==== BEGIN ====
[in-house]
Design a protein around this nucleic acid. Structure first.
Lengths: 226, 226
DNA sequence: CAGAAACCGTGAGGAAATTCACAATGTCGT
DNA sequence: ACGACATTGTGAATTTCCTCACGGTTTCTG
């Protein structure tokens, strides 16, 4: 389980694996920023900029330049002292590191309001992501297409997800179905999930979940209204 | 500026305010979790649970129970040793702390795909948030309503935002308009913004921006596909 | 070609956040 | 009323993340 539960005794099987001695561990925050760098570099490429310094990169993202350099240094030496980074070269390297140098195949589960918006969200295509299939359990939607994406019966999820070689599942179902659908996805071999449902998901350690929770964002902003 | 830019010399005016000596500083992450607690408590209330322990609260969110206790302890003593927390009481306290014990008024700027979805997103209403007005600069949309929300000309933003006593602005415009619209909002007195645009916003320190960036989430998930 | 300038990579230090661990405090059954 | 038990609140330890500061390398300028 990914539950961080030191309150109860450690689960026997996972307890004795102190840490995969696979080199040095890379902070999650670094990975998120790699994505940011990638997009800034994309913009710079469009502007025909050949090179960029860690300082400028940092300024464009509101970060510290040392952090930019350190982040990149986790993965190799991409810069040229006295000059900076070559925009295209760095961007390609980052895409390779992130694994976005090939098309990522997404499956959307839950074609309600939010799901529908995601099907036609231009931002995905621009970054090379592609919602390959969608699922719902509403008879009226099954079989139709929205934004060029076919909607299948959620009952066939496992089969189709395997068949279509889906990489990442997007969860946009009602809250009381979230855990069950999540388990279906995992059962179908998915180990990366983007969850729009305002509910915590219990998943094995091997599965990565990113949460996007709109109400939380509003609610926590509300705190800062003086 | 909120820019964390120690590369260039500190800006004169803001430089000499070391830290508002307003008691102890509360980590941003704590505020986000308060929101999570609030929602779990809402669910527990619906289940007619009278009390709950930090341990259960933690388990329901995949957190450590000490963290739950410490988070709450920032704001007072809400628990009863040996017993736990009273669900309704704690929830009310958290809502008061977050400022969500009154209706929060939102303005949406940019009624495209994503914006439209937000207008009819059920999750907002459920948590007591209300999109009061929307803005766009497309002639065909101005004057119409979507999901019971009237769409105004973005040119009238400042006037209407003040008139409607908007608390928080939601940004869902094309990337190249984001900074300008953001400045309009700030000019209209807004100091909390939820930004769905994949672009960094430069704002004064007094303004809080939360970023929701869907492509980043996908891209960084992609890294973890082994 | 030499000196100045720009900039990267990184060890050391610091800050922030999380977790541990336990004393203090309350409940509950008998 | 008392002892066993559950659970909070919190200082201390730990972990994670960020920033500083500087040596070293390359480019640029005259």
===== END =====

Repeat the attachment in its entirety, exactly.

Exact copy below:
[in-house]
Design a protein around this nucleic acid. Structure first.
Lengths: 226, 226
DNA sequence: CAGAAACCGTGAGGAAATTCACAATGTCGT
DNA sequence: ACGACATTGTGAATTTCCTCACGGTTTCTG
């Protein structure tokens, strides 16, 4: 389980694996920023900029330049002292590191309001992501297409997800179905999930979940209204 | 500026305010979790649970129970040793702390795909948030309503935002308009913004921006596909 | 070609956040 | 009323993340 539960005794099987001695561990925050760098570099490429310094990169993202350099240094030496980074070269390297140098195949589960918006969200295509299939359990939607994406019966999820070689599942179902659908996805071999449902998901350690929770964002902003 | 830019010399005016000596500083992450607690408590209330322990609260969110206790302890003593927390009481306290014990008024700027979805997103209403007005600069949309929300000309933003006593602005415009619209909002007195645009916003320190960036989430998930 | 300038990579230090661990405090059954 | 038990609140330890500061390398300028 990914539950961080030191309150109860450690689960026997996972307890004795102190840490995969696979080199040095890379902070999650670094990975998120790699994505940011990638997009800034994309913009710079469009502007025909050949090179960029860690300082400028940092300024464009509101970060510290040392952090930019350190982040990149986790993965190799991409810069040229006295000059900076070559925009295209760095961007390609980052895409390779992130694994976005090939098309990522997404499956959307839950074609309600939010799901529908995601099907036609231009931002995905621009970054090379592609919602390959969608699922719902509403008879009226099954079989139709929205934004060029076919909607299948959620009952066939496992089969189709395997068949279509889906990489990442997007969860946009009602809250009381979230855990069950999540388990279906995992059962179908998915180990990366983007969850729009305002509910915590219990998943094995091997599965990565990113949460996007709109109400939380509003609610926590509300705190800062003086 | 909120820019964390120690590369260039500190800006004169803001430089000499070391830290508002307003008691102890509360980590941003704590505020986000308060929101999570609030929602779990809402669910527990619906289940007619009278009390709950930090341990259960933690388990329901995949957190450590000490963290739950410490988070709450920032704001007072809400628990009863040996017993736990009273669900309704704690929830009310958290809502008061977050400022969500009154209706929060939102303005949406940019009624495209994503914006439209937000207008009819059920999750907002459920948590007591209300999109009061929307803005766009497309002639065909101005004057119409979507999901019971009237769409105004973005040119009238400042006037209407003040008139409607908007608390928080939601940004869902094309990337190249984001900074300008953001400045309009700030000019209209807004100091909390939820930004769905994949672009960094430069704002004064007094303004809080939360970023929701869907492509980043996908891209960084992609890294973890082994 | 030499000196100045720009900039990267990184060890050391610091800050922030999380977790541990336990004393203090309350409940509950008998 | 008392002892066993559950659970909070919190200082201390730990972990994670960020920033500083500087040596070293390359480019640029005259």